Five garden playhouses I’d like to live in

They say that youth is wasted on the young, well…to be frank, so are these playhouses! All right, I’m just joking and only slightly bitter. I was by all accounts a spoiled child, but this sort of thing didn’t exist in my day. If the kids who get these appreciate them as much I did my old fridge box with genuine lace curtains when I was five, then fair play to them. In the meantime…there’s nothing stopping me getting one of these now is there? Is there?

8X9 Lodge Playhouse Product code:

Painted Lodge Playhouse – B&Q, £1067

Ahh…picture perfect, this one. B&Q’s Lodge Playhouse measures six by eight feet and is made from 12mm responsibly-sourced shiplap cladding which you can paint whatever colour you wish (it’s provided unpainted and unassembled) but I rather like this dreamy blue. It’s big enough to sleep in and even has a mezzanine!

Smart Playhouse Kyoto Junior Playhouse

Kyoto Junior Playhouse – £2399.99, Smart Playhouse

Is your child big into modernism? If so, they’ll really appreciate the Kyoto Junior Smart Playhouse, which is a modernistic structure confusingly named after what’s probably Japan’s most traditional city. Smart Playhouse’s range of striking playhouses aren’t just toys – they really add something to your garden. This birch plywood construction is finished with a water-based painted finish.

 AXI Liam Double Swing Playhouse

Liam Double Swing Playhouse – £1,660.42, Axi

Now…why don’t they have swings on the side of so-called ‘proper’ houses? And where’s my look-out? What’s for sure is that I’d definitely have a better life in general if one of the routes out of my house was a slide, as is the case for this rather fabulous Liam double swing playhouse from Axi. Even better, the frame doubles as a sandpit!

Hideaway playhouse Waitrose Garden

Hideaway Playhouse – £729, Waitrose Garden

The Hideaway playhouse is a sturdy structure that puts the focus on safety with its four fixed windows, veranda, a tongue and groove floor and a solid board roof with mineral roofing felt. Additionally, you can get your little ones started early by tending to the two window boxes at the front. It also has an upstairs platform with a ladder.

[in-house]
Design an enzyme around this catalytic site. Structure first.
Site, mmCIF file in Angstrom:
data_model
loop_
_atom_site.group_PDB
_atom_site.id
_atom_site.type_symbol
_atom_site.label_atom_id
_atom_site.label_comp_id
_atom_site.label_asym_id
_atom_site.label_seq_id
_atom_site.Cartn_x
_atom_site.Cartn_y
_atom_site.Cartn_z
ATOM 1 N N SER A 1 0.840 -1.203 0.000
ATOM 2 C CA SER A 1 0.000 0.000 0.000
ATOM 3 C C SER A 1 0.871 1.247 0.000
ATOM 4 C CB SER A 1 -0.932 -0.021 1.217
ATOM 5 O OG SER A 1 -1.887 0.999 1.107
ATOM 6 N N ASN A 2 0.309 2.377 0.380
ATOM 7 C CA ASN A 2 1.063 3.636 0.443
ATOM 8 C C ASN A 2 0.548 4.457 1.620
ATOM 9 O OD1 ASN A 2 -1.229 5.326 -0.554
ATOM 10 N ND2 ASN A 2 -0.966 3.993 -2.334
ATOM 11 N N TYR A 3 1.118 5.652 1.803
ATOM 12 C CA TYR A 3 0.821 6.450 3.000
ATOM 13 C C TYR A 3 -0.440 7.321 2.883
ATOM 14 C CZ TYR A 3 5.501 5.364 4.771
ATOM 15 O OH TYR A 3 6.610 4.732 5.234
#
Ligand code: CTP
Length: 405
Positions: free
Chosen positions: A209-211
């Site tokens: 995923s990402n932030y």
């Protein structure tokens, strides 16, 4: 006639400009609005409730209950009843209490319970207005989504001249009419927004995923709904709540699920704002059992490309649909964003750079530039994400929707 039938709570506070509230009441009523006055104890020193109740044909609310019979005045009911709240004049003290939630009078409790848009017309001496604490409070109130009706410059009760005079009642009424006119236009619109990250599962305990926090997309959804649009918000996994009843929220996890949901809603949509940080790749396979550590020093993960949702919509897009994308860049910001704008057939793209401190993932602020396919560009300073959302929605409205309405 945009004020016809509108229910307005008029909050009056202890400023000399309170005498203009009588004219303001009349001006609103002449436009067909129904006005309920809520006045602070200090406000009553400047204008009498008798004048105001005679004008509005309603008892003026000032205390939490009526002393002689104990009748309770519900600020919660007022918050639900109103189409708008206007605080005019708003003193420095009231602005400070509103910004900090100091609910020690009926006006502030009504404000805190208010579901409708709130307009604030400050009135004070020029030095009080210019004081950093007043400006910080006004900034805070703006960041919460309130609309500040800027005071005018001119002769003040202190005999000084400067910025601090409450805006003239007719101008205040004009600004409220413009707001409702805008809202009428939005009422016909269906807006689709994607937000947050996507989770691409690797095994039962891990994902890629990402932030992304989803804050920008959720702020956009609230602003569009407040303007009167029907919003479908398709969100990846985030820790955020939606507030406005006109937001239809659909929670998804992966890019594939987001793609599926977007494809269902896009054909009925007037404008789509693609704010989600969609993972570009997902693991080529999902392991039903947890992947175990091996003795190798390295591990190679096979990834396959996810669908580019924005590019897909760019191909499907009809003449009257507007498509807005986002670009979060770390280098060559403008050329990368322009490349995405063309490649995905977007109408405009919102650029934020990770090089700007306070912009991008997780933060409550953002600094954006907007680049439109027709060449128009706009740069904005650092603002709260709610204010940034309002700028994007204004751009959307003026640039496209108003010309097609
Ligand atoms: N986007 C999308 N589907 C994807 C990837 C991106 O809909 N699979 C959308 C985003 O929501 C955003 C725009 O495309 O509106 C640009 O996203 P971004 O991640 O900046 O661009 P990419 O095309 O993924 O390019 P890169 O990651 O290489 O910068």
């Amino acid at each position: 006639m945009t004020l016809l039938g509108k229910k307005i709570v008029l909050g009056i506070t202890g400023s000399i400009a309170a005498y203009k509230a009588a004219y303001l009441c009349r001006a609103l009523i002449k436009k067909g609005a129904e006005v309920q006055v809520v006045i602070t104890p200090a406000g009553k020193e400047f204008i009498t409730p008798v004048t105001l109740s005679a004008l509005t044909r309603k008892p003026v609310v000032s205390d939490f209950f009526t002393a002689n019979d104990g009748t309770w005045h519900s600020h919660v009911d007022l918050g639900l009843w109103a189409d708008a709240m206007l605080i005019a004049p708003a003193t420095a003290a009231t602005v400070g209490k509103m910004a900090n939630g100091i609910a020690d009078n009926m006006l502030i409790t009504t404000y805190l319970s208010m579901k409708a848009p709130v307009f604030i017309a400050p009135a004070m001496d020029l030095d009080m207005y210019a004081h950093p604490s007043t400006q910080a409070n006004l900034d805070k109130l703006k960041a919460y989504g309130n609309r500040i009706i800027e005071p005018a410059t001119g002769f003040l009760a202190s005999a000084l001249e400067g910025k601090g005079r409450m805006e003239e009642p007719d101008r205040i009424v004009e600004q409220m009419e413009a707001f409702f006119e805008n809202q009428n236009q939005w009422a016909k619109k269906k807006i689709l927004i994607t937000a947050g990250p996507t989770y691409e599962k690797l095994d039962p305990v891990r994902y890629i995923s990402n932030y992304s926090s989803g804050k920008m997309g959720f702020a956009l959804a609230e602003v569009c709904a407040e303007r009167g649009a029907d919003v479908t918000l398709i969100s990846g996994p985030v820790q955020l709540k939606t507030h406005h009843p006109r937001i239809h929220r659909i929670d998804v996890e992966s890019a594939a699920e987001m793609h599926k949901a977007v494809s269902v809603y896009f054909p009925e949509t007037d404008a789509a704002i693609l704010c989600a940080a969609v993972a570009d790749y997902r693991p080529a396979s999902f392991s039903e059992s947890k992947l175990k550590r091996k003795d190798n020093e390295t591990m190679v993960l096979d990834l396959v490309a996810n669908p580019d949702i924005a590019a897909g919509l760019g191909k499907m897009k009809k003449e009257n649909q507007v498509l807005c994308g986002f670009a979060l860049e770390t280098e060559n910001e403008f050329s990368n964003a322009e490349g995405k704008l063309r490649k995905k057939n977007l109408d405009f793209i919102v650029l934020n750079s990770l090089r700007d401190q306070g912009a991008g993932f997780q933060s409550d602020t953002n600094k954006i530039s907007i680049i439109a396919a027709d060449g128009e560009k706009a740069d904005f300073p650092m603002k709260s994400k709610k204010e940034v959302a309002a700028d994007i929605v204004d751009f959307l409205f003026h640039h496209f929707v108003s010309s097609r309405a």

The Wigwam Playhouse by dCor design

The Wigwam Playhouse – £376.99 (was £429.99), dCor Design

Supplied unpainted (should you find this particular palette a bit in-your-face) dCor Design’s wigwam playhouse has a unique design with two diamond-shaped windows and a side door. It’s constructed from dip-treated high-grade pine shiplap and has an interior height of 187cm. It’ll be fun to paint as well as to play in!

Five of the best: bird feeders

Nash Mealworm Peanut Butter Bird Feeder

Nash Peanut Butter Feeder – £7.95, Kew Gardens

Give your garden friends a break from the birdseed! This metal bird feeder from Kew Gardens will help you – it’s specifically designed to hold the company’s special salt-free and safe mealworm peanut butter. The raised lip at the front of the feeder will hold the jar firmly, and its design will keep birds safe from squirrels.

Garden-Bazaar-Police-Box-Bird-Feeder

Police Box Bird Feeder – £26.99 (was £35.99), Garden Bazaar

As if their ability to fly isn’t envy-inducing enough – now your feathered pals can travel through time! Or maybe not, seeing asTardis-like bird feeder is really a (presumably copyright-free) British Police Box, of the type used by members of the public to contact the police and – dare we say – beloved of a famous television doctor! It holds a good two pounds of bird seed.

M&S Garden Swing Bird Feeder

Bird Swing Feeder – £17.50, M&S

M&S’s wooden swing seat bird feeder has a removable tray, which means it’s easy to take out to clean as well as to replenish. Fashioned from sustainable wood, the feeder measures 17cm (height) x 23cm (width) x 15.5cm (depth) and at a weight of just less than half a kilo will hang happily from a branch of even moderate size.

Pink Floral Teapot Bird House with Gold Detail

Pink Floral Teapot Bird House with Gold Detail – £19.99, Very

Very Alice in Wonderland, this one. Very’s teapot bird house has a small hole to provide shelter for garden birds, while the saucer attached to its base provides ample space for you to leave seed or other snacks. Also available in blue, the floral teapot design has gold detail on the lid.